Taiwan's Armed Forces

Since the Nationalist government took over Taiwan at the end of Japanese occupation, the armed forces of Taiwan has played an important role in the island’s life. In addition to serving as a deterrent for invasion from China, it has often played a role in maintaining domestic order.

It is a commonly held belief in the People’s Republic of China that Taiwan is a breakaway province, and that the Chinese mainland will have full “territorial integrity” only when Taiwan is returned to China. Many Chinese believe that all means, including war, are acceptable to bring about this goal.

At the present time, there are conflicting opinions about Taiwan’s military strength as well as China’s ability to invade the island, despite its status as a nuclear-armed superpower. Over the past decade, China has greatly expanded and modernized its armed forces. The PRC government spends more than $178 billion a year on the military, making it one of the world’s most militarily formidable countries. In addition to its vast firepower (more than 1000 Chinese ballistic missiles are believed to be aimed directly at Taiwan), a September 2021 report by Taiwan’s Defense Minister said that China's armed forces can "paralyze" Taiwan's defenses through soft and hard electronic attacks. China has also regularly sent military planes into Taiwan’s Air Defense Identity Zone (ADIZ). Over the weekend of October 1-2, 2021, China’s People’s Liberation Army (PLA) sent 77 warplanes into the skies around Taiwan, the most ever. And after the Russian invasion of Ukraine that began in February 2022 - with full diplomatic and economic support from the People's Republic of China - many political analysts predict that "Taiwan will be next." As a result of these threats, Taiwan is constantly reevaluating its military strategies and is upgrading its defense capabilities with military equipment manufactured domestically and purchased abroad, mostly from the United States.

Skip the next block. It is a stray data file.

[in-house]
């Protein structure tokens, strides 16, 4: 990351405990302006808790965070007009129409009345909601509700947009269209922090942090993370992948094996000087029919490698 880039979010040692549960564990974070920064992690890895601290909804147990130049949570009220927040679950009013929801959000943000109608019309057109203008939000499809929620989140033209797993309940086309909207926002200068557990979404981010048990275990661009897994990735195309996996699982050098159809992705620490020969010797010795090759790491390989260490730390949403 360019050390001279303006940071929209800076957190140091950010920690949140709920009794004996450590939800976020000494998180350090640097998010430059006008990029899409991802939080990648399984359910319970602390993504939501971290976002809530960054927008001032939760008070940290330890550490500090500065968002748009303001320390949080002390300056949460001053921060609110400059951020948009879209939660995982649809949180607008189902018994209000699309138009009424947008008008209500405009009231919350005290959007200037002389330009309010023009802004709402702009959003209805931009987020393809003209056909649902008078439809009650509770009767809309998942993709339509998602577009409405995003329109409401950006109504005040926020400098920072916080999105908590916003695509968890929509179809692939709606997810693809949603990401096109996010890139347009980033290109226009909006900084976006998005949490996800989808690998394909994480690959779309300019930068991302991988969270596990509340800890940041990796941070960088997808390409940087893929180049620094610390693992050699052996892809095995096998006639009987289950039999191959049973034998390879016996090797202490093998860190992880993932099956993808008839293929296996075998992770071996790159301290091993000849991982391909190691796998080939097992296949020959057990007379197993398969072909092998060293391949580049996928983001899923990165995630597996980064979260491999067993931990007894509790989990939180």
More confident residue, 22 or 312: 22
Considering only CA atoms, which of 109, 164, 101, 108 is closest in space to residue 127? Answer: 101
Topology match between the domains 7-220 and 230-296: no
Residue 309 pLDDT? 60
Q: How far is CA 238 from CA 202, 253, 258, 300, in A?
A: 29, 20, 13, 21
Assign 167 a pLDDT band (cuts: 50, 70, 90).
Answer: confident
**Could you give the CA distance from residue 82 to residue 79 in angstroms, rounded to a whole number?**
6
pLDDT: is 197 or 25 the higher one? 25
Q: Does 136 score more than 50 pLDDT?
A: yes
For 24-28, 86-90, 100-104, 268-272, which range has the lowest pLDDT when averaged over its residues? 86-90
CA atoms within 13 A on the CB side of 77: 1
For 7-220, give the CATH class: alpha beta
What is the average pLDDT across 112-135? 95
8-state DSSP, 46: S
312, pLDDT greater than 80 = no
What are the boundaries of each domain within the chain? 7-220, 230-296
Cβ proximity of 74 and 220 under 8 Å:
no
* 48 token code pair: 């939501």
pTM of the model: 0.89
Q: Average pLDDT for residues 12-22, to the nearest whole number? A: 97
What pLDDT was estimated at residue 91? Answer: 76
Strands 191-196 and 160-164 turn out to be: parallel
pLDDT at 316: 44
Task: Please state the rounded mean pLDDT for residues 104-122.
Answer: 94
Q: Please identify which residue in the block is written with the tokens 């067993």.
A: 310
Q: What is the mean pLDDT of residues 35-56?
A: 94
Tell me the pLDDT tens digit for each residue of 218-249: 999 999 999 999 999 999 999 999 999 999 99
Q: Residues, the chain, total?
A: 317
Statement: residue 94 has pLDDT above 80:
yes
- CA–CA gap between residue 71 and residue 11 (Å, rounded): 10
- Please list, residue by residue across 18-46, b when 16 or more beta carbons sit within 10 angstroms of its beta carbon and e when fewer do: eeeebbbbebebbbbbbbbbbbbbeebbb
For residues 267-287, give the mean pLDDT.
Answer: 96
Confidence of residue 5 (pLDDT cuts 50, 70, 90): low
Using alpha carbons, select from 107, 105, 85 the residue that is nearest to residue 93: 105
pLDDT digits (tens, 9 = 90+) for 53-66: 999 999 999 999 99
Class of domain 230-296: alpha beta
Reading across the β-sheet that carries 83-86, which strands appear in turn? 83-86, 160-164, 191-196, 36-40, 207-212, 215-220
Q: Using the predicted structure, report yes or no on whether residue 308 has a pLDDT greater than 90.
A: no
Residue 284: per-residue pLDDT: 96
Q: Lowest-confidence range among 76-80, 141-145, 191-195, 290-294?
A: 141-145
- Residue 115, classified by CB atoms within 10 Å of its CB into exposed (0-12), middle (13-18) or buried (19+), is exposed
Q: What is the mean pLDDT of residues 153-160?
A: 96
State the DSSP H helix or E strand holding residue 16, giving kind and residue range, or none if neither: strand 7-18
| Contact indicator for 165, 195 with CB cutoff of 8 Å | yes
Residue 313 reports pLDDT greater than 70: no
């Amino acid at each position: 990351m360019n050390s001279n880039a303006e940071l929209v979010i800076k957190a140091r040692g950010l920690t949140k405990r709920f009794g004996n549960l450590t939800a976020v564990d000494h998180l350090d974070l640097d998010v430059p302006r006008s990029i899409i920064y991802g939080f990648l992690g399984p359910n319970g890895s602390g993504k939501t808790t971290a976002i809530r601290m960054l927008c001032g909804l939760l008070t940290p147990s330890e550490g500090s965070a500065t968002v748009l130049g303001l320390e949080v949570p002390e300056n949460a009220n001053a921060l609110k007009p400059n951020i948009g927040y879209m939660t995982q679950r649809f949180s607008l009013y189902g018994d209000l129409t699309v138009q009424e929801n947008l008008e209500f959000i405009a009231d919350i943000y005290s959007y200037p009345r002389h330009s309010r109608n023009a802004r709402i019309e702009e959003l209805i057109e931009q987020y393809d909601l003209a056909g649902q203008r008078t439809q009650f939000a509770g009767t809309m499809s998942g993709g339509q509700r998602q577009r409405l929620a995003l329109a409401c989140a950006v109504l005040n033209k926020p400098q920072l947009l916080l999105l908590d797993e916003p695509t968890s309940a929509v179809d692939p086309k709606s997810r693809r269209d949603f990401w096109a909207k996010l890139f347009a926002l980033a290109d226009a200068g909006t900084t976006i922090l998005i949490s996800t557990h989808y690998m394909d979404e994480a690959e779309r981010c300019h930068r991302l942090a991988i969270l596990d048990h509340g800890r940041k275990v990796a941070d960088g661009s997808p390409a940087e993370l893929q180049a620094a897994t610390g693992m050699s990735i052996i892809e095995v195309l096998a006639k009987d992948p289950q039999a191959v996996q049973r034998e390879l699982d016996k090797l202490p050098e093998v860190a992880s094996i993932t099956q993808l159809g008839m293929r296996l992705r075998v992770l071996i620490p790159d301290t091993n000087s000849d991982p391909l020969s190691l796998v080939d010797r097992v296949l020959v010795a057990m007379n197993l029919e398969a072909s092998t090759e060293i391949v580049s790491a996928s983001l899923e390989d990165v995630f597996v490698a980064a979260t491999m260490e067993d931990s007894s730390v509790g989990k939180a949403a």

While China outranks Taiwan in every military category (including 2,185,000 active duty military personnel compared to Taiwan’s 165,000), Taiwan’s military power is significant. According to the United States Department of Defense and the website Global Firepower, Taiwan’s armed forces includes 228 fighter aircraft (including American F-16s and French Mirage 2000-5s), 19 transports, 19 “special mission” aircraft and 91 attack helicopters; 1160 tanks, 8750 armored vehicles and 257 self-propelled artillery units. Jiashan airbase, which was built inside a mountain on Taiwan’s East coast, is said to have a 7500-foot long (2286 meter) taxiway and can accommodate 200 jet fighters.

Taiwan also possesses more than 120 naval ships, including destroyers, submarines, frigates and corvettes. In September 2021, Taiwan launched its first of six homemade “carrier killer” ships designed to have air defense capabilities and carry anti-ship missiles. As Taiwan continues to invest in its military, the figures above are expected to increase.
In addition, Taiwan possesses more than 6000 air-to-air missiles, over 1000 air-to-surface missiles, at least 100 glide and laser-guided bombs, more than 200 anti-ship missiles, 24 anti-aircraft artillery systems and over 500 surface-to-air (SAM) missiles. In the past, most Taiwanese missiles (many are designed and manufactured domestically) were deployed for defensive purposes, but in recent years Taiwan has developed missiles for attack. The Yun-Feng (Cloud Peak) for example, is a supersonic cruise missile that can travel up to 2000 miles and reach targets in and around Beijing, Shanghai and Tianjin. Taiwan is also developing advanced missile guidance systems targeted at the PRC in the event of an invasion. Taiwan is also working to provide additional layers of defense around military airfields against cruise missiles, anti-radiation missiles and drones, as well as potentially larger threats like helicopters and low-flying aircraft.

Taiwanese Yun-Feng Missile, said to be capable of reaching Beijing.

The United States has no official diplomatic ties with Taiwan, but sells arms to it as part of its Taiwan Relations Act (1979). The Act states that “the United States shall provide Taiwan with arms of a defensive character and shall maintain the capacity of the United States to resist any resort to force or other forms of coercion that would jeopardize the security, or social or economic system, of the people of Taiwan.” It also declares that the President and Congress “shall determine the appropriate action” arising from any such threats to the Taiwanese people, a statement that many observers consider extremely vague.